New study with 756 1st through 5th graders demonstrates that a six-week mashup of hoops and math has a positive effect on their desire to learn more, provides them with an experience of increased self-determination and grows math confidence among youth. The Basketball Mathematics study was conducted at five Danish primary and elementary schools by researchers from the University of Copenhagen’s Department of Nutrition, Exercise and Sports.
Over the past decades, there has been a considerable amount of attention paid to explore different approaches to stimulate children’s learning. Especially, there has been a focus on how physical activity, separated from the learning activities, can improve children’s cognitive performance and learning. Conversely, there has been less of a focus aimed at the potential of integrating physical activity into the learning activities. The main purpose of this study therefore was to develop a learning activity that integrates basketball and mathematics and examine how it might affect children’s motivation in mathematics.
Increased motivation, self-determination and mastery
756 children from 40 different classes at Copenhagen area schools participated in the project, where about half of the them — once a week for six weeks — had Basketball Mathematics during gym class, while the other half played basketball without mathematics.
“During classes with Basketball Mathematics, the children had to collect numbers and perform calculations associated with various basketball exercises. An example could be counting how many times they could sink a basket from three meters away vs. at a one-meter distance, and subsequently adding up the numbers. Both the math and basketball elements could be adjusted to suit the children’s levels, as well as adjusting for whether it was addition, multiplication or some other function that needed to be practiced,” explains Linn Damsgaard, who is writing her PhD thesis on the connection between learning and physical activity at the University of Copenhagen’s Department of Nutrition, Exercise and Sports.
The results demonstrate that children’s motivation for math integrated with basketball is 16% higher com-pared to classroom math learning. Children also experienced a 14% increase in self-determination compared with classroom teaching, while Basketball Mathematics increases mastery by 6% compared versus classroom-based mathematics instruction. Furthermore, the study shows that Basketball Mathematics can maintain children’s motivation for mathematics over a six-week period, while the motivation of the control group decreases significantly.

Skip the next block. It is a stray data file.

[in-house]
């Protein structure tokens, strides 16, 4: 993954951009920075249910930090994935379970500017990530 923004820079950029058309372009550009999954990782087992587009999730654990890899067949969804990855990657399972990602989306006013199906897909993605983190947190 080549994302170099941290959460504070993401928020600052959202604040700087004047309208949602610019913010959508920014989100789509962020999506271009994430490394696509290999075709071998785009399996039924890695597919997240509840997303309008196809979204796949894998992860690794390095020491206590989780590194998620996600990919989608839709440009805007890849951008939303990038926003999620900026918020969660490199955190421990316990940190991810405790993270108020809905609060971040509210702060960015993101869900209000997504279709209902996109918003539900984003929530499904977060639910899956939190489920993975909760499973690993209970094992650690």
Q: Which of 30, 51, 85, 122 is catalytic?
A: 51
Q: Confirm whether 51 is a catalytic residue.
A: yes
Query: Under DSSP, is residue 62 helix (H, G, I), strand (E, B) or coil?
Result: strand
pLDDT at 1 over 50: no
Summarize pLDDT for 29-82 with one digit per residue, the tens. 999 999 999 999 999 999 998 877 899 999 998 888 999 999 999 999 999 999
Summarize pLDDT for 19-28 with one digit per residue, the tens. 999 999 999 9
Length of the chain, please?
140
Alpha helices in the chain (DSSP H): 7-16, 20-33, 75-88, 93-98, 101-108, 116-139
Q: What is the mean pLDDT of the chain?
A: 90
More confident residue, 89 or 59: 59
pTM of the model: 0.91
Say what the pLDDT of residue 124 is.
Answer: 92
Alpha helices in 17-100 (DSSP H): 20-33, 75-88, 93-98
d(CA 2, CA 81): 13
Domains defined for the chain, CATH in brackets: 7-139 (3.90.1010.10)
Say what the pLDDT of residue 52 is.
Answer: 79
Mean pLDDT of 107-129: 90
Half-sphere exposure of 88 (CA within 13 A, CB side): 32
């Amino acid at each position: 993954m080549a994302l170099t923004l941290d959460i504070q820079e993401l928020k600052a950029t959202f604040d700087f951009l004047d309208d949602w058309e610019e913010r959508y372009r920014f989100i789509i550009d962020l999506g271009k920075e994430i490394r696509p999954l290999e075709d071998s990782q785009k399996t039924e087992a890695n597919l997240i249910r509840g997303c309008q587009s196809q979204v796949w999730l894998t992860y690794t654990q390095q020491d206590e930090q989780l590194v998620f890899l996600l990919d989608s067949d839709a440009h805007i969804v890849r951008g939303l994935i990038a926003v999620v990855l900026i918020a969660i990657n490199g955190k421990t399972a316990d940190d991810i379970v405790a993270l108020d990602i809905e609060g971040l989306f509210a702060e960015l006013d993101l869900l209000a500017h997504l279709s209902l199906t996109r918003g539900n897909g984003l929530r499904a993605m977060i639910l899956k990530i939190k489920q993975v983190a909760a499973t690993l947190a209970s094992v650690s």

“It is widely acknowledged that youth motivation for schoolwork decreases as the school year progresses. Therefore, it is quite interesting that we don’t see any decrease in motivation when kids take part in Basketball Mathematics. While we can’t explain our results with certainty, it could be that Basketball Mathematics endows children with a sense of ownership of their calculations and helps them clarify and concretize abstract concepts, which in turn increases their motivation to learn mathematics through Basketball Mathematics,” says PhD student Linn Damsgaard
Active math on the school schedule
Associate Professor Jacob Wienecke of UCPH’s Department of Nutrition, Exercise and Sports, who supervised the study, says that other studies have proved the benefits of movement and physical activity on children’s academic learning. He expects for the results of Basketball Mathematics on children’s learning and academic performance to be published soon:
“We are currently investigating whether the Basketball Mathematics model can strengthen youth performance in mathematics. Once we have the final results, we hope that they will inspire school teachers and principals to prioritize more physical activity and movement in these subjects,” says Jacob Wienecke, who concludes:
“Eventually, we hope to succeed in having these tools built into the school system and the teacher’s education. The aim is that schools in the future will include “Active English” and “Active Mathematics” in the weekly schedule as subjects where physical education and subject-learning instructors collaborate to integrate this type of instruction with the normally more sedentary classwork.”